On Friday, XR protesters targeted Newsprinters printing, blocking the day’s newspapers from leaving the depots. Boris Johnson has branded the groups actions ‘completely unacceptable’ and attack on press freedom. By Michael Delaney.
Free the truth
Climate activists, Extinction Rebellion (XR), seek to disrupt and draw attention to the impending climate crisis.
Over the weekend, more than 100 protesters targeted newspaper printers presses at Broxbourne in Hertfordshire, Knowsley in Merseyside, and near Motherwell, North Lanarkshire.
The presses print the News Corp titles including the Sun, the Times, the Sun on Sunday, the Sunday Times, and the Scottish Sun. They also print the Daily Telegraph and Sunday Telegraph, the Daily Mail and Mail on Sunday, and the London Evening Standard.
They erected banners inscribed with the slogan “FREE THE TRUTH” to criticise the media outlet’s silence on the environmental emergency.
War of words
PM, Boris Johnson, criticised the group’s tactics for threatening the freedom of the press.
Rumours have circulated that the Home Office is considering reclassifying XR as an organised crime gang, following their latest escapade.
Labour minister, Diane Abbott, has criticised the govt’s proposed response as “ridiculous”, comparing the group to the Suffragettes.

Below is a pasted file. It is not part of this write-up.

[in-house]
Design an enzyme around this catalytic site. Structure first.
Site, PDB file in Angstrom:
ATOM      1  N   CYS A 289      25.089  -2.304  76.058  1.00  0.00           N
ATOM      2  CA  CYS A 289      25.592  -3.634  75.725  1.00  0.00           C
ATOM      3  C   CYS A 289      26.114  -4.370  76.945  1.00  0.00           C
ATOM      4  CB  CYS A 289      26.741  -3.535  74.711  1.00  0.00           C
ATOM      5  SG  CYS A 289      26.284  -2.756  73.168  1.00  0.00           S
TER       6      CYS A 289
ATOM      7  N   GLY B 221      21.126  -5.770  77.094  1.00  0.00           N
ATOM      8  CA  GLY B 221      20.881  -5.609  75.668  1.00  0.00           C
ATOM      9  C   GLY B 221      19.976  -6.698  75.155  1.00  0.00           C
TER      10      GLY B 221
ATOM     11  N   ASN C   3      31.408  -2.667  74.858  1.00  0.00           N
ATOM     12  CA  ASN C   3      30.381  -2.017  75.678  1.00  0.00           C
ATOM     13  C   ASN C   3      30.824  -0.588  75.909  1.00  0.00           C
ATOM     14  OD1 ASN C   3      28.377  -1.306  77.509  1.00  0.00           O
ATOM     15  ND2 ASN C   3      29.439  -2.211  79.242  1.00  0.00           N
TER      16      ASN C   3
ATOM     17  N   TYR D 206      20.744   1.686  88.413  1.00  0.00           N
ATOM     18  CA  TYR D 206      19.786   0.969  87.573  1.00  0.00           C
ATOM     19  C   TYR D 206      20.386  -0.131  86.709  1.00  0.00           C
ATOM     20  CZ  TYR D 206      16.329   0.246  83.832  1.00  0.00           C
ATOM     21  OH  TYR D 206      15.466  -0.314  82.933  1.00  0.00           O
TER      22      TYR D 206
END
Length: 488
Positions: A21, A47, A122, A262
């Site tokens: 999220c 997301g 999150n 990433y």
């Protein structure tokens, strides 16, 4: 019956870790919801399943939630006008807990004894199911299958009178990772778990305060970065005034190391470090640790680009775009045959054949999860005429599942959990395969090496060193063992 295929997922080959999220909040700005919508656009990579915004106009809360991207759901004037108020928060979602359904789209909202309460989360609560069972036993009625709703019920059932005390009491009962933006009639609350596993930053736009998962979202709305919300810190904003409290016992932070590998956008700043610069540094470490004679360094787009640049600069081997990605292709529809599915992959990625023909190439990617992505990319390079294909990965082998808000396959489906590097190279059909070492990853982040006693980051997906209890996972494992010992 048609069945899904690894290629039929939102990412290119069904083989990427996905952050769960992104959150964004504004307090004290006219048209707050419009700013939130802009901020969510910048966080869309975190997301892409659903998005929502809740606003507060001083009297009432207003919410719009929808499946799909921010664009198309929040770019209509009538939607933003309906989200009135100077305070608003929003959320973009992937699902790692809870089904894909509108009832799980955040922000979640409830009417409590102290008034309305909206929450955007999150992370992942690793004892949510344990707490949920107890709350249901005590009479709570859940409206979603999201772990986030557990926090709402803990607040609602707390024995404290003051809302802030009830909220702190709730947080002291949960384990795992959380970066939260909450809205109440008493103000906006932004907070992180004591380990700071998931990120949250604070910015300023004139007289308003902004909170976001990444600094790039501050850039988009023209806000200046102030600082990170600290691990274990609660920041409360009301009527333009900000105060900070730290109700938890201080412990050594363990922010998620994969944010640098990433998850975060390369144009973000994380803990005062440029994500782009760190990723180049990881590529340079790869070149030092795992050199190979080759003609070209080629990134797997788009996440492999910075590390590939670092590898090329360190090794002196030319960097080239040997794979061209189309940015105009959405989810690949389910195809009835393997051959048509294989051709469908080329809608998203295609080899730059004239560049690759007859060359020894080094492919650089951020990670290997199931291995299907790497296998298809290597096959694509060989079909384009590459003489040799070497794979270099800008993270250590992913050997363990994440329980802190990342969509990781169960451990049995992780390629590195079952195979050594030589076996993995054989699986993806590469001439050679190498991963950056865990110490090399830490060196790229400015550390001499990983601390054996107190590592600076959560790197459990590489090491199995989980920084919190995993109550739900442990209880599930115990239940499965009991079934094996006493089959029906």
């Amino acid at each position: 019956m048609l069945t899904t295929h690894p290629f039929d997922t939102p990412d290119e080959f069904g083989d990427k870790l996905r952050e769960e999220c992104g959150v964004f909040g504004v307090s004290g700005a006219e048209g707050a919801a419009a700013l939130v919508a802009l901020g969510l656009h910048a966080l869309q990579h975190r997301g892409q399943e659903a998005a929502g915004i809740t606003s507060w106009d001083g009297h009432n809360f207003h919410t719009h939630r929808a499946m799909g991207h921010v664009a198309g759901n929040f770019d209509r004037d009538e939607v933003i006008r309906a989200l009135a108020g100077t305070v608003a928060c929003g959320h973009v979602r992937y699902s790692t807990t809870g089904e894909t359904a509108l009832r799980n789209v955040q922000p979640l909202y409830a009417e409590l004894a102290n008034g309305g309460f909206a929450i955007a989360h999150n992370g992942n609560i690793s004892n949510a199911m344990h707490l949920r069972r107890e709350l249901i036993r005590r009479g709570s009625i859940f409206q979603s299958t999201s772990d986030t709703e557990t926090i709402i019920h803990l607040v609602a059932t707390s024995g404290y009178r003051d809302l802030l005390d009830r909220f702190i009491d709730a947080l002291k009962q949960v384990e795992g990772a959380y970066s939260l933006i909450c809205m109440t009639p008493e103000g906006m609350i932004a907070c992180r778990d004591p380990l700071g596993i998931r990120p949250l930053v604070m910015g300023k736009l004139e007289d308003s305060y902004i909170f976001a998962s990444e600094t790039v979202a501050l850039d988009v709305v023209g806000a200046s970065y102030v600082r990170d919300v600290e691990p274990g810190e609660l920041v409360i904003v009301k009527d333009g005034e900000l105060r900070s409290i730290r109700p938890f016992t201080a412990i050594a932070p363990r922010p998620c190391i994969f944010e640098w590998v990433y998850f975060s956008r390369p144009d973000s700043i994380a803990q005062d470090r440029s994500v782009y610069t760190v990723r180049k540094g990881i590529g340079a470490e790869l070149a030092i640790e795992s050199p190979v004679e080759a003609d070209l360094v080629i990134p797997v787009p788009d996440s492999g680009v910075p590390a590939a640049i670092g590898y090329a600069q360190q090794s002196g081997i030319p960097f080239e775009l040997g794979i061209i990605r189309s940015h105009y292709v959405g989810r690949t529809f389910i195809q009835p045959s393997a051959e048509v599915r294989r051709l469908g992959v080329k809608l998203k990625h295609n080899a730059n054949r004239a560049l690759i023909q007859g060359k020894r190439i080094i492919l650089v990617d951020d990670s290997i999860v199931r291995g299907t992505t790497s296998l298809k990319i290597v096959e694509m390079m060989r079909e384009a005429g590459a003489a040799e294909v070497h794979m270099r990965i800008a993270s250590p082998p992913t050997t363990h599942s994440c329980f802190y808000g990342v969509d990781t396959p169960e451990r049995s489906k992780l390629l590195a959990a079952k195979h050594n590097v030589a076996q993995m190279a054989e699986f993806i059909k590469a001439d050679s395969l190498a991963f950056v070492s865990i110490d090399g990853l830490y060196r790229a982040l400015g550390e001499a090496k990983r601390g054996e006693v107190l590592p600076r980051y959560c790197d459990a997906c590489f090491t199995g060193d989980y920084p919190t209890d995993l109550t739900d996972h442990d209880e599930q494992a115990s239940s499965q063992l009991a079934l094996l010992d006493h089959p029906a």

Foreign Sec. Dominic Raab has also got stuck into the debate, telling Sky News: “The idea that it is right to damage property or intervene with a free press in the name of progressive protest is, I think, perverse.”
The grey areas
The govt’s defence of the ‘free press’ is admirable, but not without its usual pinch of hypocrisy.
Just this weekend, the Council of Europe – a group that Britain was a founding member of, which monitors human rights, democracy and the rule of law in Europe and is responsible for overseeing the European Convention of Human Rights – issued a Level 2 “media freedom alert” after MoD press officers refused to deal with Declassified UK, a website focusing on foreign and defence policy stories.
In doing so, the MoD denied the freedom of information requests and is alleged to have ‘blacklisted’ the journalists concerned.
Not exactly supportive of a free press, in this case.
What do you make of the events over the weekend – are XR’s actions an attack on the free press?
Do you buy the govt’s response in defending the free press?
Share your thoughts, and email us at email@example.com.